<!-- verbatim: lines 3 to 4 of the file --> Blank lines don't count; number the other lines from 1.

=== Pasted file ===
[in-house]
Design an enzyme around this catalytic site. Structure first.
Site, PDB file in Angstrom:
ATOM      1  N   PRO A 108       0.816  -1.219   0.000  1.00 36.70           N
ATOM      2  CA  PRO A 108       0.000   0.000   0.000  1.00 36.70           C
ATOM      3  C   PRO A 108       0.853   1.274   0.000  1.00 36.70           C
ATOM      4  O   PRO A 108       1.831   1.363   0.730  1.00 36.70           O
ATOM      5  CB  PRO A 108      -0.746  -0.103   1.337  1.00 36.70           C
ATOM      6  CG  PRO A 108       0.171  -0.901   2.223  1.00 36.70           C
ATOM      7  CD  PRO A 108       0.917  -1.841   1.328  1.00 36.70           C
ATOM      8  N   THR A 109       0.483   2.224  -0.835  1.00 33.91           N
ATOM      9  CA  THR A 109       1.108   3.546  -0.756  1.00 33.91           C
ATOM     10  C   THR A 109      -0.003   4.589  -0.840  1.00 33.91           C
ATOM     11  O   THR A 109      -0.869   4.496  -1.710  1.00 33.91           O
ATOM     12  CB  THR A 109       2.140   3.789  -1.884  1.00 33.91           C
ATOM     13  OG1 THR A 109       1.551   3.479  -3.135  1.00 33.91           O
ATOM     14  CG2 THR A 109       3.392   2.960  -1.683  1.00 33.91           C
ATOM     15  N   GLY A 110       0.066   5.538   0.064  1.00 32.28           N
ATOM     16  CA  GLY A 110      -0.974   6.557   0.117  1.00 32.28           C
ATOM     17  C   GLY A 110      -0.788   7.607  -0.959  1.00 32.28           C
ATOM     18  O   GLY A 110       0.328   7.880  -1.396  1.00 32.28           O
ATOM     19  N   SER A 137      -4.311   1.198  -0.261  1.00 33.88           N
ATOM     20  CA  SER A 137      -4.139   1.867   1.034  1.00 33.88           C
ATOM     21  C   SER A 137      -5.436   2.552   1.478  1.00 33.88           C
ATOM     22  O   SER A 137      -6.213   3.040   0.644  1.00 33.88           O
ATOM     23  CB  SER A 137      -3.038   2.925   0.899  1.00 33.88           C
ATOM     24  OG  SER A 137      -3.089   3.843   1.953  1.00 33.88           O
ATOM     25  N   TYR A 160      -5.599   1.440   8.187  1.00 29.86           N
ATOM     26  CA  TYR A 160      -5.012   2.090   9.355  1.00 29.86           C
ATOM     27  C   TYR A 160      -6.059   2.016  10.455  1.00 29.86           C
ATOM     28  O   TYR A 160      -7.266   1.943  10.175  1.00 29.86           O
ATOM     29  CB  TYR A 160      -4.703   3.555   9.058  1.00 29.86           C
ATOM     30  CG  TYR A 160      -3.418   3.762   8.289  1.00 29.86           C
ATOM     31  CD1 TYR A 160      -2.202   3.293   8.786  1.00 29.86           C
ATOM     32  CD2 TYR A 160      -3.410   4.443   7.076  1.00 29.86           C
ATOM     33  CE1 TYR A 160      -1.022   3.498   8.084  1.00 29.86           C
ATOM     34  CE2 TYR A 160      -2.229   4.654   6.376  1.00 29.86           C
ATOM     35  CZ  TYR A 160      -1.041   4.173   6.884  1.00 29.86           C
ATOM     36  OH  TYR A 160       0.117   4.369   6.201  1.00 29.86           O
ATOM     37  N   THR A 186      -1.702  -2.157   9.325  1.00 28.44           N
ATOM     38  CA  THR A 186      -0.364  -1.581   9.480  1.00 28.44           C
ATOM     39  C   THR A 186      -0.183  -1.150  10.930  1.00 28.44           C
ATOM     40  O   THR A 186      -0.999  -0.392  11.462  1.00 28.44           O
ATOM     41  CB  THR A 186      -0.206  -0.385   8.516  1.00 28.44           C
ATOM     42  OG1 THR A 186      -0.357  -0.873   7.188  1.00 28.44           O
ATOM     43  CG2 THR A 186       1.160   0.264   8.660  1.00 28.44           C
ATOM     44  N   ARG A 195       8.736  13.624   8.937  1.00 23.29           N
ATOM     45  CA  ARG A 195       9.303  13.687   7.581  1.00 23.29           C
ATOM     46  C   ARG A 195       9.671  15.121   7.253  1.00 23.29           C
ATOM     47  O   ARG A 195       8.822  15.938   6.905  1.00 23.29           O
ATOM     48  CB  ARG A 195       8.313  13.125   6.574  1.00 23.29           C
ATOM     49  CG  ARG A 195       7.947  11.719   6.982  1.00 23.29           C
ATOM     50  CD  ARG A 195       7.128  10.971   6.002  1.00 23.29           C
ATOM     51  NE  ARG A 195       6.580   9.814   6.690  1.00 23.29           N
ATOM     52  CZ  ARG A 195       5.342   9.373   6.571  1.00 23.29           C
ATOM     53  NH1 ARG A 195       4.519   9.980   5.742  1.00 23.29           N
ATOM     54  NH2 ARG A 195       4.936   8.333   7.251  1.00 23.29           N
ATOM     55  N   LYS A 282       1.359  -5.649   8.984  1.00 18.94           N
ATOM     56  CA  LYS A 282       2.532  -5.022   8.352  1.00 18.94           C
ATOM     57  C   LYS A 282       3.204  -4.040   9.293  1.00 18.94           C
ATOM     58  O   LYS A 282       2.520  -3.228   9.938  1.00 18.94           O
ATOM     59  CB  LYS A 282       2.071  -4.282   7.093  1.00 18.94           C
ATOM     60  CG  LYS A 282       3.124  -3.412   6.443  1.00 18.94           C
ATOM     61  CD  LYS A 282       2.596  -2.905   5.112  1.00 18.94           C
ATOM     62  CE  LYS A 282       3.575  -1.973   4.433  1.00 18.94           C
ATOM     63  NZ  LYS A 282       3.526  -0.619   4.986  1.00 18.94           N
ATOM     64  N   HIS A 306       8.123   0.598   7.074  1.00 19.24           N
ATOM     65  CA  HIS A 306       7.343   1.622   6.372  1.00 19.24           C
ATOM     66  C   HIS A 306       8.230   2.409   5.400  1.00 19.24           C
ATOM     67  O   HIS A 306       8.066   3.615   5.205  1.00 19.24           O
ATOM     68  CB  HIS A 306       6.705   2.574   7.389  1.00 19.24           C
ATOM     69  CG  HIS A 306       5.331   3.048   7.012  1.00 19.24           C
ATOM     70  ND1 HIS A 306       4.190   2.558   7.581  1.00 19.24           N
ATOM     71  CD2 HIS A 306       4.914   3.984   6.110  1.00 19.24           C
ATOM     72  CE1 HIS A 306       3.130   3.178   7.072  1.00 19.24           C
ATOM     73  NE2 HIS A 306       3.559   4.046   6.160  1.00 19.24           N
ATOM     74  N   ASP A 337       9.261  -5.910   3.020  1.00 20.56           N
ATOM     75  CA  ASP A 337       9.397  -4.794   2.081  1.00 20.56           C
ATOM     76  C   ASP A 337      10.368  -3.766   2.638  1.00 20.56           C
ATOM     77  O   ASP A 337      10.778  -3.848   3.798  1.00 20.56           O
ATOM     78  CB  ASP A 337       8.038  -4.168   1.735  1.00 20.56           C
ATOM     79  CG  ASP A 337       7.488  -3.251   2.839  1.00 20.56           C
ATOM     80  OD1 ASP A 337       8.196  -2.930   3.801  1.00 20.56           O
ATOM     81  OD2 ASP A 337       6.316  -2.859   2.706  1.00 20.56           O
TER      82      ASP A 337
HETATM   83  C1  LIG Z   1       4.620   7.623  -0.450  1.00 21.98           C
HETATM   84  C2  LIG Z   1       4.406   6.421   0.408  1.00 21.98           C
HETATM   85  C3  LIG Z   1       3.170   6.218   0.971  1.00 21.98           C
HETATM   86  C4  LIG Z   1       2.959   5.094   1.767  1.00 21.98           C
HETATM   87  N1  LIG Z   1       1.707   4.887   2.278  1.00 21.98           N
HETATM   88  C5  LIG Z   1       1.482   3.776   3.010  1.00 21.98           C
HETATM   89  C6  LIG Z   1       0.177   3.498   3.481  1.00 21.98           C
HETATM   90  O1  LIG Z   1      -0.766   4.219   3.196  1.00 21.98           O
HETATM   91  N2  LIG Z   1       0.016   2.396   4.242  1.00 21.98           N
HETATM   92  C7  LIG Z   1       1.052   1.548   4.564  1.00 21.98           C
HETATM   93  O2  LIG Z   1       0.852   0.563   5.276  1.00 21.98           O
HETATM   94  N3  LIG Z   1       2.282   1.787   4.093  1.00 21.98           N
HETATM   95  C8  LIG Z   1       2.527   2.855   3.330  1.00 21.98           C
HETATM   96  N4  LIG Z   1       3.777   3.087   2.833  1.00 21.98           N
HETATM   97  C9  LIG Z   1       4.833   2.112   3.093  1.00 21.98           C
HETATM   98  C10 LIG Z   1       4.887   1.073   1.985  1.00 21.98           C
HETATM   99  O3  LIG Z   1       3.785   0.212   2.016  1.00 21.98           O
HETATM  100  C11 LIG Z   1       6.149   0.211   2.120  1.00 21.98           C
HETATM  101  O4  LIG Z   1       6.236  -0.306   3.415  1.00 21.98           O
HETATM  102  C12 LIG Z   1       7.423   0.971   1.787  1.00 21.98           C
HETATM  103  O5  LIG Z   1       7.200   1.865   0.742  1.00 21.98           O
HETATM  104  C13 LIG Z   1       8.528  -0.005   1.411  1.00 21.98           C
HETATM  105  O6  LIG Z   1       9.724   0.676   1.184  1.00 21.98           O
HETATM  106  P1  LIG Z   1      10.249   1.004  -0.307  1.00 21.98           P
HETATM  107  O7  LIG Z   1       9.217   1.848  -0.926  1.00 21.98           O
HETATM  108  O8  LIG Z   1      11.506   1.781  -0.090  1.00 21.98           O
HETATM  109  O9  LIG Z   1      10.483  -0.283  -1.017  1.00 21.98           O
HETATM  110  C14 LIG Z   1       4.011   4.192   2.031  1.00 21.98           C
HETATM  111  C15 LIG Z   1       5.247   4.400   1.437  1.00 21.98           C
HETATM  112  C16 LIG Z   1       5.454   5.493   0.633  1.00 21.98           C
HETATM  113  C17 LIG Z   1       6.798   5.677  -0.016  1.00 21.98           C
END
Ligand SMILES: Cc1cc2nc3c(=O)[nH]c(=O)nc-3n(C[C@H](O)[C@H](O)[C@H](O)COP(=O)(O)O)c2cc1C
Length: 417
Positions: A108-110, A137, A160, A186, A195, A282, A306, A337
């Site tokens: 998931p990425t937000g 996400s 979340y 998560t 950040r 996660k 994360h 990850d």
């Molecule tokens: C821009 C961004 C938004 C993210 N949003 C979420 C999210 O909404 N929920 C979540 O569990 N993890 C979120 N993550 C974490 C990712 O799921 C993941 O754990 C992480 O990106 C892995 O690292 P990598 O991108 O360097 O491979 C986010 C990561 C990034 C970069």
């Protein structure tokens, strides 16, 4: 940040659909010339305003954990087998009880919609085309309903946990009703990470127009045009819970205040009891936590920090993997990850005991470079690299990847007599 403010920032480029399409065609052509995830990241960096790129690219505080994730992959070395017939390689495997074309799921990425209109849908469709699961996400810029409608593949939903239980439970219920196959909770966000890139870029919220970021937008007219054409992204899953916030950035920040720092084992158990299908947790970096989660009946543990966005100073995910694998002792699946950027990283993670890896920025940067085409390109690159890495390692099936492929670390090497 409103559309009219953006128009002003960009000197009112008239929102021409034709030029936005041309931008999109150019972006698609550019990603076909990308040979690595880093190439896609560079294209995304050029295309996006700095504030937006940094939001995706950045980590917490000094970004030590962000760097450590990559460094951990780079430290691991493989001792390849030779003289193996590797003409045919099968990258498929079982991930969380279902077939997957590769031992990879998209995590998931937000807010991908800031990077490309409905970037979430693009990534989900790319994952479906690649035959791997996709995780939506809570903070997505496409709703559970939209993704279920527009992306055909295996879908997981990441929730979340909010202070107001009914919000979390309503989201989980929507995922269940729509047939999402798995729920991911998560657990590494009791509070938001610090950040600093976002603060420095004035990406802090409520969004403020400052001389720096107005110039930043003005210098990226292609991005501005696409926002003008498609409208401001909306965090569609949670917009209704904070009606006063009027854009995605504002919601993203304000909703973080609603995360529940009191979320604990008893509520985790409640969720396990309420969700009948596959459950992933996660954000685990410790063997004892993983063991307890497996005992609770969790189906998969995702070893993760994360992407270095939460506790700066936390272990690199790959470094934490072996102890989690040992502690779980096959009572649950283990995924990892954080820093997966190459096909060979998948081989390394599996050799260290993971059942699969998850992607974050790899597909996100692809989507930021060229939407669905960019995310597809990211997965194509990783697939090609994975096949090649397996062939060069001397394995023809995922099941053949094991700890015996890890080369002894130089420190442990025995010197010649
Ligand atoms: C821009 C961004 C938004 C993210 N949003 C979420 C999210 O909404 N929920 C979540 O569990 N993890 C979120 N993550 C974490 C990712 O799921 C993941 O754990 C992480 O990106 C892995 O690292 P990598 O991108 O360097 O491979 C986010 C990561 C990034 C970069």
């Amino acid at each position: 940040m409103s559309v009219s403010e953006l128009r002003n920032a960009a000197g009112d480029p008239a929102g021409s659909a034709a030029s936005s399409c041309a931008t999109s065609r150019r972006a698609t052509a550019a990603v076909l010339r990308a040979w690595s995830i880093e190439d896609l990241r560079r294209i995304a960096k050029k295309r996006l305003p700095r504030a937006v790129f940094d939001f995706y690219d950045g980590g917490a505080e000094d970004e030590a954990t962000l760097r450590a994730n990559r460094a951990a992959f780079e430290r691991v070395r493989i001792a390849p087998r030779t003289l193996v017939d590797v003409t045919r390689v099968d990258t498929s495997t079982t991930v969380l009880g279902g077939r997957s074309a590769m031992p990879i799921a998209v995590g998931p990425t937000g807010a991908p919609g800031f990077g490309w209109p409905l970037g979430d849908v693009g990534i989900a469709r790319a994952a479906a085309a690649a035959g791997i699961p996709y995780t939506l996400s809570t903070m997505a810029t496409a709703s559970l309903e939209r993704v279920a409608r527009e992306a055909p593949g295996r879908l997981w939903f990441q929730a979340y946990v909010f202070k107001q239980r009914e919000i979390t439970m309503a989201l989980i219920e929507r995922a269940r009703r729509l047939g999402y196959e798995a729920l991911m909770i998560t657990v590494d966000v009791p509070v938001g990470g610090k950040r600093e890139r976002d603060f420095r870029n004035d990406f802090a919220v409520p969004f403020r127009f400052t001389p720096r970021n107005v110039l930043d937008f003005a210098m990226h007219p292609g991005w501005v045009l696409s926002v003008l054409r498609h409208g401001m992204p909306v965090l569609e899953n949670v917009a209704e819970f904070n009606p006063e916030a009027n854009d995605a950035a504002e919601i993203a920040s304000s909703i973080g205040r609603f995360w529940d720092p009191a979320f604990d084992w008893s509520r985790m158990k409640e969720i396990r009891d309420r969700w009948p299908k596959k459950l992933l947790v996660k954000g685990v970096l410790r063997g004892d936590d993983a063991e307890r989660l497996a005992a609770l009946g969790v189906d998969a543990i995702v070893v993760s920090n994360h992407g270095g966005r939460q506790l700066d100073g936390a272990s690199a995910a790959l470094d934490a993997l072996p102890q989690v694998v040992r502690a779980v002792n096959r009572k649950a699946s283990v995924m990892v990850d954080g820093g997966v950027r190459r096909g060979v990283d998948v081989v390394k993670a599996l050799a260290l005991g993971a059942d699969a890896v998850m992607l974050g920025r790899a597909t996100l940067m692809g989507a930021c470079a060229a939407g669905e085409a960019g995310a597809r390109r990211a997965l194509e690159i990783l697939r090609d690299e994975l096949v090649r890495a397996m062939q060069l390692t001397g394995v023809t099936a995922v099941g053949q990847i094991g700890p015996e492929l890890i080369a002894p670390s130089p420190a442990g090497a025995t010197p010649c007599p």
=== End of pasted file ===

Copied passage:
Site, PDB file in Angstrom:
ATOM      1  N   PRO A 108       0.816  -1.219   0.000  1.00 36.70           N